tech thoughts

No Organization – Not News

If you write by yourself, you aren’t writing news according to Google.

But, it turns out, that Google has a rule about the sites that it includes in Google News: They can’t be one-person operations, and they have to appear to be “organizations.” Never mind solo shops practicing entrepreneurial journalism — Google wants news with overhead!

I’m no Dan Frommer, but someday I might be. Google’s take on News aggregation is definitely not pushing the industry forward.

October 5, 2011
by Ben
Comments Off on Reality Check

Reality Check

I’m already sick of people saying “is that it?” or “just an iPhone 4S?”

If I was an Apple engineer I’d be insulted. Let’s look at the iPhone 4S compared to the iPhone 4:

  • New A5 processor
  • New dual GSM and CDMA world phone
  • New antenna design with switching
  • New camera with better still image capture and video recording
  • New bluetooth 4.0

Did I miss anything? This is a completely new phone. The only thing that isn’t new is the industrial design. So why does this one thing not changing, trump the monumental engineering effort that went into the iPhone 4S? Answer: it doesn’t.

People say that it has been so long since the last iPhone release that the new one should have had a new industrial design. Let’s not forgot that while Apple released the GSM version of the iPhone 4 in June of 2010, they also released the CDMA version of the iPhone 4 in February of 2011. Just 9 months ago. As someone who works in product development, I am always impressed by Apple’s release schedules, and the iPhone 4S is no exception.

And why do people care so much about its outward design? 99%[1] of them are just going to hide it away in a hideous case[2]. So for most, no one will be able to tell what phone one is using without looking at the screen, and that’s where magic of the iPhone really is. The software. The iPhone 4S will be the best hardware vessel ever at experiencing that software. That’s why I can’t wait to get my iPhone 4S, along with millions of other people.

[1] Data from Thin Air Marketing Research
[2] Myself NOT included

October 5, 2011
by Ben
Comments Off on The User and The Stockholder

The User and The Stockholder

The iPhone user in me is most excited about the iPhone 4S.

The Apple stockholder in me is most excited about the $0 iPhone 3GS. Apple has just opened up the free phone market to the iPhone and I think millions of people who would previously get a cheap flip phone will step up to the iPhone 3GS even with the additional $15 per month data fee.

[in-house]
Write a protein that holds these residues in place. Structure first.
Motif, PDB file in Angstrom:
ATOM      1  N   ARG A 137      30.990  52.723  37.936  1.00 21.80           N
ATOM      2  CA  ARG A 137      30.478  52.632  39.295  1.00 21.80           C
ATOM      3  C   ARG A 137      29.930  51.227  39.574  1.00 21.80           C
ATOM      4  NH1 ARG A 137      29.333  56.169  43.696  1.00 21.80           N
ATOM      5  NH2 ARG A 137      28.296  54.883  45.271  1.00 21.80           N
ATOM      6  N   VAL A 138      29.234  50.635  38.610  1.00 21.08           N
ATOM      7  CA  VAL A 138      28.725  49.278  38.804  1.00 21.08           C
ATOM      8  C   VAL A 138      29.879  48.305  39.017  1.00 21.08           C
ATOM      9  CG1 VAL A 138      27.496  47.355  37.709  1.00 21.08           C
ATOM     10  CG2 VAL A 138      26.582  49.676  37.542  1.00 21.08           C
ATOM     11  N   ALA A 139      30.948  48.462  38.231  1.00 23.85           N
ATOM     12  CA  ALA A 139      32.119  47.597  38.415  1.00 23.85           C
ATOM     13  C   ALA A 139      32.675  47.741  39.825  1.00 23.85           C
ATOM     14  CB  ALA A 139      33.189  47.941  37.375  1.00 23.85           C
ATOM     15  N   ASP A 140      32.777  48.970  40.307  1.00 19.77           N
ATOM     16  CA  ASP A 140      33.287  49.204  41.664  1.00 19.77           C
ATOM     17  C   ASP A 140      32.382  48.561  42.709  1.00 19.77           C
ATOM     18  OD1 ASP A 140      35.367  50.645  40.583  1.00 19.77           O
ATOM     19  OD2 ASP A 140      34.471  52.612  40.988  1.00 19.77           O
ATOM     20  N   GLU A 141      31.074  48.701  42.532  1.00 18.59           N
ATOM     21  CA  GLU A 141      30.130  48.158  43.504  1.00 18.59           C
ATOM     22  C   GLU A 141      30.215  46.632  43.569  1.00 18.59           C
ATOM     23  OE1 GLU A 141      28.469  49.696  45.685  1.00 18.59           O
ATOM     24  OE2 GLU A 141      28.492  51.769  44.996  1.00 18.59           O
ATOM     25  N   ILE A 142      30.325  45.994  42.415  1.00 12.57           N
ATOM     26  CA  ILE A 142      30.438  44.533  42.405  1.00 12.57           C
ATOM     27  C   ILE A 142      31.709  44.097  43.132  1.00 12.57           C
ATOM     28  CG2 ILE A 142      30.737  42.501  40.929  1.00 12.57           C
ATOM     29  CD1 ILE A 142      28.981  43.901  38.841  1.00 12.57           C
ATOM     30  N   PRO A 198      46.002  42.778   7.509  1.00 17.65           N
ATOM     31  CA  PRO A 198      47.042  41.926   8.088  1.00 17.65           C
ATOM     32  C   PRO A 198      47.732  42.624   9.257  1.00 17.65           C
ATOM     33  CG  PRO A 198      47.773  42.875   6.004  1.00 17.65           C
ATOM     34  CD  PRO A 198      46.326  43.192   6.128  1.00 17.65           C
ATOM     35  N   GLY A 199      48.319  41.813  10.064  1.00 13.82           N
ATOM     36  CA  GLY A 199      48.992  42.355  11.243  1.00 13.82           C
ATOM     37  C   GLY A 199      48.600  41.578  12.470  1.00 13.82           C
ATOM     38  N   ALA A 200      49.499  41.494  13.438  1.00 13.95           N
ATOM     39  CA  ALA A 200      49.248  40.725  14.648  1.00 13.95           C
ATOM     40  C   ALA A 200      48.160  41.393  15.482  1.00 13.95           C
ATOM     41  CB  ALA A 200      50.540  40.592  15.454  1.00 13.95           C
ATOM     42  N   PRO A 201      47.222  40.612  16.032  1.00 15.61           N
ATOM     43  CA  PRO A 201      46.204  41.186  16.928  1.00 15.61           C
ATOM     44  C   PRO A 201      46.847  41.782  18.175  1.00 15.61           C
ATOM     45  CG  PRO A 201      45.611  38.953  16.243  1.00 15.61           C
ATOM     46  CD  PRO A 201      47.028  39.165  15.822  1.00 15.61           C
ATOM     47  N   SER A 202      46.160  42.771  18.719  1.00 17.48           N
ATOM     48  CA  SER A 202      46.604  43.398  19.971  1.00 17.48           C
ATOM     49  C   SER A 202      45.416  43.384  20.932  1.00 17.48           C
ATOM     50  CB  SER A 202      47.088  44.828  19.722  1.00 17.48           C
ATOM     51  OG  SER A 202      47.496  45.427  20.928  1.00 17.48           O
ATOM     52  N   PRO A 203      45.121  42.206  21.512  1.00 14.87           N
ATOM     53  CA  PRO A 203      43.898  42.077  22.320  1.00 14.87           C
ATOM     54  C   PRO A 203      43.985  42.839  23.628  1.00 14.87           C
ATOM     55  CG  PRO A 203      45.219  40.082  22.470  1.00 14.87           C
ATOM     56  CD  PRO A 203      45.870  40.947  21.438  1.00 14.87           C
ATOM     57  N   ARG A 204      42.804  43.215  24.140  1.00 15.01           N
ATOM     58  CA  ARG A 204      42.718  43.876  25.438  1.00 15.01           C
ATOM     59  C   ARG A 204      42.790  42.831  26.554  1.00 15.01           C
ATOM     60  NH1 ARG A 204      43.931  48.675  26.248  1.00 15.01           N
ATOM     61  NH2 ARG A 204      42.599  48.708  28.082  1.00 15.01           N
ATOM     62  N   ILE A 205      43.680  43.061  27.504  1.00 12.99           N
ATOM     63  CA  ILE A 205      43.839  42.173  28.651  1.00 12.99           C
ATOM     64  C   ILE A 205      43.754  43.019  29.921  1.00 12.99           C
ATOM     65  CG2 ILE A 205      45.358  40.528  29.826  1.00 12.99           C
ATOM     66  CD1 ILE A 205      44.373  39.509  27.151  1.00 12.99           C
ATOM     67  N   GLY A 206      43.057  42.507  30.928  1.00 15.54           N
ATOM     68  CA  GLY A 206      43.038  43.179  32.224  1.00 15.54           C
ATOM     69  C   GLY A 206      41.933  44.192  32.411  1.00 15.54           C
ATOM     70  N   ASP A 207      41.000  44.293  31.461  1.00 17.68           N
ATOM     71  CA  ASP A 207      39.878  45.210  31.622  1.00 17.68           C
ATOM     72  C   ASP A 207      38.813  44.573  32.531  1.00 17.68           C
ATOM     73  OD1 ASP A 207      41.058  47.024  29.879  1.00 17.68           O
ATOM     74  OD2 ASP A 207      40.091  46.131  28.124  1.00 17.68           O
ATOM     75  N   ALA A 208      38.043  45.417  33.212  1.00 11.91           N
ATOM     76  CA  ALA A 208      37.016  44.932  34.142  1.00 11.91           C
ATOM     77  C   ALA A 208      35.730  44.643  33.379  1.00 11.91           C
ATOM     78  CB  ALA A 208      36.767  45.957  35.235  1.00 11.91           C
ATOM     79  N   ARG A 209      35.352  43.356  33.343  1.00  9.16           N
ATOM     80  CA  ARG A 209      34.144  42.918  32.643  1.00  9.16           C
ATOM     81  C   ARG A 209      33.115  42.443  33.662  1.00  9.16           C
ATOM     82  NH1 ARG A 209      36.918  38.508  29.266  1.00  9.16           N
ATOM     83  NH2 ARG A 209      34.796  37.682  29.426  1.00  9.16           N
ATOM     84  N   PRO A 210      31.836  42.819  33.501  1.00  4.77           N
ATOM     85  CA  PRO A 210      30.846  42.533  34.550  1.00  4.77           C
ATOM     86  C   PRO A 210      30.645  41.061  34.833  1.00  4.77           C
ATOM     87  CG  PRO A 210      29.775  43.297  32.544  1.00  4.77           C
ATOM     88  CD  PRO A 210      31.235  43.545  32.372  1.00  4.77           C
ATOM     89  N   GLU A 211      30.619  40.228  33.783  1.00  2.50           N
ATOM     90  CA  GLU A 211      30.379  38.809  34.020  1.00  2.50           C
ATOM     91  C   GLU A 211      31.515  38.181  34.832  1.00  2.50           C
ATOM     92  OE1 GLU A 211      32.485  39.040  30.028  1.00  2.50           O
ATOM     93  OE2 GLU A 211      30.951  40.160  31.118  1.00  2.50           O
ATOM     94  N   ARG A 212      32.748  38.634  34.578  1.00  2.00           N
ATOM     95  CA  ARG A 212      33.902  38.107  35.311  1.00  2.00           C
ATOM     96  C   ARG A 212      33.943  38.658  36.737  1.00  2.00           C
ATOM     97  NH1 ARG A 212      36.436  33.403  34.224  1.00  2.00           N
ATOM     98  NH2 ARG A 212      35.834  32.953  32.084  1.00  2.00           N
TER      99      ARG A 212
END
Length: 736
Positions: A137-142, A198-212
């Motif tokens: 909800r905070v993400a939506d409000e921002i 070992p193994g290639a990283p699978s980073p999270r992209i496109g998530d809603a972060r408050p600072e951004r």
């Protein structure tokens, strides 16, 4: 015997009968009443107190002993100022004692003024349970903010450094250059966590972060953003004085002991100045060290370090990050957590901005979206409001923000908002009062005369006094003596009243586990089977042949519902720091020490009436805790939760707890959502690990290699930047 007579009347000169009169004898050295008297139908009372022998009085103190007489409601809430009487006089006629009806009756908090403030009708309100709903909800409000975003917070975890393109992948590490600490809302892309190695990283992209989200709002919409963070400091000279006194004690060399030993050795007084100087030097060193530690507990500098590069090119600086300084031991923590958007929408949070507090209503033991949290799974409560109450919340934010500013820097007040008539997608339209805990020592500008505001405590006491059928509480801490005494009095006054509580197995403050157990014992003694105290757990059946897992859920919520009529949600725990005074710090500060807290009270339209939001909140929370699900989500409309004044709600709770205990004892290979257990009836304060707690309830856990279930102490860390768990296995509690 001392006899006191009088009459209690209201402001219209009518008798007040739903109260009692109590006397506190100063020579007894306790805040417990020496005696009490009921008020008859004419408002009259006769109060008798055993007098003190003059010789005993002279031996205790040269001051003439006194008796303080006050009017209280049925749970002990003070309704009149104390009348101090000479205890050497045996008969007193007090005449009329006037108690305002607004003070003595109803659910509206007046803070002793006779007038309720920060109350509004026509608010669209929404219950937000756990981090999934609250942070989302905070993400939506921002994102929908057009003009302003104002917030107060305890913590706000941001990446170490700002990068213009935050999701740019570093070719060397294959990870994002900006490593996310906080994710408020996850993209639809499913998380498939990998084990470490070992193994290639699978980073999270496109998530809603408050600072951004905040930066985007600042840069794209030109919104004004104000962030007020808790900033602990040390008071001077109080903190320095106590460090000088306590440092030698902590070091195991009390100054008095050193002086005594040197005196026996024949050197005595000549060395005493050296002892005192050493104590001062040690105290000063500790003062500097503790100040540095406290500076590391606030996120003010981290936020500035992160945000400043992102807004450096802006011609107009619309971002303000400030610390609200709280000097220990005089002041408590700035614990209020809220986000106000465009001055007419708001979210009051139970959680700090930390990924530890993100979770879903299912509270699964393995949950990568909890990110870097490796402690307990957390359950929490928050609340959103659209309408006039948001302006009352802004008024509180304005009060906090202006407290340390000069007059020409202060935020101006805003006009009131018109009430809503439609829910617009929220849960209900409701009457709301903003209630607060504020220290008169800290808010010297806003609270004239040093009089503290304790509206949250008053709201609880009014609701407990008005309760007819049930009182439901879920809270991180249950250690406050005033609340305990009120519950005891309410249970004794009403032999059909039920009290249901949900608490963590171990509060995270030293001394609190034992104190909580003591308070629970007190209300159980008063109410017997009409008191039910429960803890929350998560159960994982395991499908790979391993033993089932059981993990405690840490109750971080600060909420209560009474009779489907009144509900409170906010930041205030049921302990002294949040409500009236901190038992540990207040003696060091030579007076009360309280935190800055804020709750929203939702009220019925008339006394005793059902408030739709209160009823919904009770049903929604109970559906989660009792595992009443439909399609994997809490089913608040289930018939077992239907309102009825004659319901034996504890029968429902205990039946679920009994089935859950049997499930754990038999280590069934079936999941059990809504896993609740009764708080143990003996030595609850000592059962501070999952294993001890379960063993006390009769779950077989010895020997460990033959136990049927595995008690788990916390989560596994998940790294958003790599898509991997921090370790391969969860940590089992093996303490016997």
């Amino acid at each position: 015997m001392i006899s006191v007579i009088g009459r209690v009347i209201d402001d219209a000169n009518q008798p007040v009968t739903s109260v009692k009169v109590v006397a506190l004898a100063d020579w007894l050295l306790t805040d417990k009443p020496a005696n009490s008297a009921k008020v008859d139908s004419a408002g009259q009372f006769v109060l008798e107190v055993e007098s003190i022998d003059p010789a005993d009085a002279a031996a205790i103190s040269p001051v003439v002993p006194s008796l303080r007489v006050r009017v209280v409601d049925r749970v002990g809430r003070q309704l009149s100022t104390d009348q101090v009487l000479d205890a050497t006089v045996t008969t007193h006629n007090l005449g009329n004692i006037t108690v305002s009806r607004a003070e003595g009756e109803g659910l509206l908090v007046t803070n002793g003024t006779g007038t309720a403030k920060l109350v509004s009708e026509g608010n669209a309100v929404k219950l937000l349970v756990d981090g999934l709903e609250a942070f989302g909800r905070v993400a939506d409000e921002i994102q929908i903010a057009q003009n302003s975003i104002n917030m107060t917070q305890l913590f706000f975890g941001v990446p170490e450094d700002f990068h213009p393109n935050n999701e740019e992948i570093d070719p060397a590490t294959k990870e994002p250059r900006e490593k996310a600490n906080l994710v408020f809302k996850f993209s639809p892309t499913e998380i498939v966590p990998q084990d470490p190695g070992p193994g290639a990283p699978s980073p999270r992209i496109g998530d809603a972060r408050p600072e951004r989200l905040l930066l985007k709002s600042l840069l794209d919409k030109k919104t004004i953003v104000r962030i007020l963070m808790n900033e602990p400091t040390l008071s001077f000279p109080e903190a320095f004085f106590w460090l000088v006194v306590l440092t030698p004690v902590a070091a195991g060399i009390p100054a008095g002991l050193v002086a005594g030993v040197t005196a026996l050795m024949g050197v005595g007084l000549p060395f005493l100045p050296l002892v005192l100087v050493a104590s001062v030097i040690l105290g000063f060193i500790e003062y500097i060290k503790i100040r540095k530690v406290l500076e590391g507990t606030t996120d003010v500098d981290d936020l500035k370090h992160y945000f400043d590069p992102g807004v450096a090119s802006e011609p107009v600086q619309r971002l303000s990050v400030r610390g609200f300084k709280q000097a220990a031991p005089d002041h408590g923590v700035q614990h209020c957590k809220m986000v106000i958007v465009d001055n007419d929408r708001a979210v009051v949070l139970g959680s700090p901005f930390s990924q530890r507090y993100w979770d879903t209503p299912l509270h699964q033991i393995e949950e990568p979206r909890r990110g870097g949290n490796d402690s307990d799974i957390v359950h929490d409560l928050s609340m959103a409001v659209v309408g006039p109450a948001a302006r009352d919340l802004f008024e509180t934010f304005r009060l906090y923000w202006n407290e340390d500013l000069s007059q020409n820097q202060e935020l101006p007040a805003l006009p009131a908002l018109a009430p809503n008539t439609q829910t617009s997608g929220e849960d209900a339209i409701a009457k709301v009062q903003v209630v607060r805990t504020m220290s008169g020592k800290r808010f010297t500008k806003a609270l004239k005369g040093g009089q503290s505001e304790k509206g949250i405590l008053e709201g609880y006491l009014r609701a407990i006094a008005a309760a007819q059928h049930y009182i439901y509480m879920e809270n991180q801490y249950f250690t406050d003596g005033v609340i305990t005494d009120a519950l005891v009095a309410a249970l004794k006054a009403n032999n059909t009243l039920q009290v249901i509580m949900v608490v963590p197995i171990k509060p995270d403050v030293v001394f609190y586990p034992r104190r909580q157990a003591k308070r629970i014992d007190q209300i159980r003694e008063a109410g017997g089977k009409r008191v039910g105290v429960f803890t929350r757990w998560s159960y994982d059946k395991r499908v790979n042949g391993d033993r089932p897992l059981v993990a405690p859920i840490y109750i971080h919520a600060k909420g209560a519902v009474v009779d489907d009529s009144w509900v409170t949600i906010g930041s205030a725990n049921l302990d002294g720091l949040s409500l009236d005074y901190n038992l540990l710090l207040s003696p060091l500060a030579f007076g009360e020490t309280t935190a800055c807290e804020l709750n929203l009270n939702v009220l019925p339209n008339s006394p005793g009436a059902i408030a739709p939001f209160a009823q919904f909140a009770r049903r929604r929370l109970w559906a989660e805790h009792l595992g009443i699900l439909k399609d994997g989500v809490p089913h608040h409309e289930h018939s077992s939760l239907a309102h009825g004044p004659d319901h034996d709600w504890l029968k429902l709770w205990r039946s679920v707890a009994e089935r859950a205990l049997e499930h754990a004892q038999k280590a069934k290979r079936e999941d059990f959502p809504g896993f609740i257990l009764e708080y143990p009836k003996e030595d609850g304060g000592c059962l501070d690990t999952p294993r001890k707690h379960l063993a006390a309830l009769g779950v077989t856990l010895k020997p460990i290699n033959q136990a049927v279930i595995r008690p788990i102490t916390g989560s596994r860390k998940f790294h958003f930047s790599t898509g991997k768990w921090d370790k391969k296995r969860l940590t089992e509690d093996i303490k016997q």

The iPhone user in me can’t wait to upgrade my now 2+ year old 3GS. Faster, better camera and Retina Display!

The Apple stockholder in me can’t wait to see the sales numbers on a $99 iPhone 4 that will be available on not only AT&T, but also Verizon and now Sprint.  This will be the first time that these CDMA customers have had access to a $99 iPhone.

September 13, 2011
by Ben
Comments Off on Common Errors – iTunes Sells DRMed Music

Common Errors – iTunes Sells DRMed Music

I’ve had a few conversations lately with people who say they won’t buy music on iTunes because they think it has DRM.  This is simply not the case in the US and hasn’t been for some time.

While most downloaded files previously included restrictions on their use, enforced by FairPlay, Apple’s implementation of digital rights management, iTunes initiated a shift into selling DRM-free music in most countries, marketed as iTunes Plus. On January 6, 2009, Apple announced that DRM had been removed from 80% of the entire music catalog in the U.S. Full iTunes Plus availability was achieved on April 7, 2009 in the U.S., coinciding with the introduction of a three-tiered pricing model; however, television shows and movies are still FairPlay-protected.

iPad Orientation

Ben Brooks has an interesting post about tablets empowering users (really it is about iPads empowering users). It’s based on some interesting survey data he collected that shows that users are using both iPad orientations very regularly. But I think there is something he missed that is influencing the data.

For the very first time in computing, the user has been put in control of how best to utilize the display portal they have been given — not the manufacturer.

This isn’t true for the iPad 2. The Smart Cover most certainly affects how I, and many others I’ve witnessed, use the iPad. Because it is so easy for me to setup in a meeting and take notes in the landscape orientation, that is almost always the orientation I use, and it is the one I checked on his survey. But if I didn’t have a Smart Cover, I think I would certainly use my iPad in portait orientation considerably more.

If the Smart Cover didn’t exist, I think more then a few of us landscape users might have fallen into the Portrait camp.